Test your knowledge of the year's most stimulating stories
How much do you remember about what really mattered in 2012? You're about to find out.
Last year The Reg chronicled more than just the birth of Windows 8, the rise of ARM, the battle between iOS and Android, the genesis of the buzzword de l'année "big data", Apple's crap Maps app flap, and other communiqués from the front lines of the tech wars.
We considered it our duty, for example, to inform you in March that a Lithuanian court denied Carlsberg brewery workers the right to strike by declaring beer to be "vitally essential," placing it "in the same category as medical supplies and drinking water."
Occasionally a Reg commenter will respond to such stories with a dismissive "IT angle?!" We, however, believe there's more to life than servers, admin tools, and security hassles, so we've cooked up a year-end quiz to see if you've been paying attention to our departures from the IT straight and narrow.
It's time to test your Reg recall on the following questions, and we offer a couple of ways to track your progress: you can click on "Answer" at the end of each question to go to the Reg story that prompted it, or download a printable scoresheet here then check out the Answers page at the end of the quiz.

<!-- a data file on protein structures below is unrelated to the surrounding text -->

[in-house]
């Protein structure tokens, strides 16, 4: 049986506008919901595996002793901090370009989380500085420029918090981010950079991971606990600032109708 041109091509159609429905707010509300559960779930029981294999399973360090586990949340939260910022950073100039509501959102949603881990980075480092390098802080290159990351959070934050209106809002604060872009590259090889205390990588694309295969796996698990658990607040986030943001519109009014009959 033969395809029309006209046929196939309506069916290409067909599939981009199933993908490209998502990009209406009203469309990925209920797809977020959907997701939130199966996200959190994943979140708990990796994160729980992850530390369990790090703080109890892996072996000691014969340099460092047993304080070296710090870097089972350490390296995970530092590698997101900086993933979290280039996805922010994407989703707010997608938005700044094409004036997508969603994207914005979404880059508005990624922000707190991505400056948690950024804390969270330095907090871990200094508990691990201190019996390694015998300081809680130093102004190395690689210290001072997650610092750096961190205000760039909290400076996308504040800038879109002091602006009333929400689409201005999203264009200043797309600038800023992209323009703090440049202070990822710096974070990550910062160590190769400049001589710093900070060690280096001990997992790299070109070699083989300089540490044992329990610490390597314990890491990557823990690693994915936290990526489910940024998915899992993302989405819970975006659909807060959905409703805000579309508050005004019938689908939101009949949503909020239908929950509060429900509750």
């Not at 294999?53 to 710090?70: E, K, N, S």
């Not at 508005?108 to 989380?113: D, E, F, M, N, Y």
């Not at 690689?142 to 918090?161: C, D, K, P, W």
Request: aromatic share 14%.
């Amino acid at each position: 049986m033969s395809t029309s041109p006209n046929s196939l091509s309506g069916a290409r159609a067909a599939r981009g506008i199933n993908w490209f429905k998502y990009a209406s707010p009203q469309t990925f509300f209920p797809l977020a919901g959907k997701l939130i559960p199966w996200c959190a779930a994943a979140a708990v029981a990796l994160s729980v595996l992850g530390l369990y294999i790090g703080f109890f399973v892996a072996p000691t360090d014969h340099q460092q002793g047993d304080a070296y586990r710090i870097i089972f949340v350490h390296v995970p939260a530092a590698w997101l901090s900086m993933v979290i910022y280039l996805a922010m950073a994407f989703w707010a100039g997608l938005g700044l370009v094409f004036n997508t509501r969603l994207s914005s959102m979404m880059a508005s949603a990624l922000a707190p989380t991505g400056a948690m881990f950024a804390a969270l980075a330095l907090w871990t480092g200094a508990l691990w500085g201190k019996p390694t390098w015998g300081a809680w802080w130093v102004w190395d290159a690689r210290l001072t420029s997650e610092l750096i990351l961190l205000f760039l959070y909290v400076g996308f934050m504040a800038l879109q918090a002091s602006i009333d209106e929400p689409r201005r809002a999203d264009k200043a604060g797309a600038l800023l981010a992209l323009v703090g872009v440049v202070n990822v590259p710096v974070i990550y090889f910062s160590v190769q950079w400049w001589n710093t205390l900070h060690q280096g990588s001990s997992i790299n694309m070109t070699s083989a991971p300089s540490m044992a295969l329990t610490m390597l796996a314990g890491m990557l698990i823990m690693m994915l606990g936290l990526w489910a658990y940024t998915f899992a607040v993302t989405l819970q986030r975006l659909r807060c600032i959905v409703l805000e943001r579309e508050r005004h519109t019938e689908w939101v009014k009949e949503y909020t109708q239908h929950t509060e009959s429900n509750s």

And, yes, a few IT stories made it into this quiz as well. After all, this is The Reg – what did you expect, consistency?
Fast gas, WIMPs, and Playboy bunnies
1. A man in Seattle, Washington, claimed he was attacked and bloodied by what?
B. feral pigs
C. laid-off Microsoft employees
2. How much did Bill Gates' 1979 Porche 911 sell for at auction?
D. zero – there were no bidders
3. Why do scammers still employ obviously stupid and transparently fraudulent "Nigerian" scams?
A. Only idiots respond, so the scams are highly efficient since the victims are self-selecting
B. The number of internet users is still growing, and newbies fall for scams
C. The scams are becoming more sophisticated, thus more effective
D. A recent study has shown that greed suppresses rational thought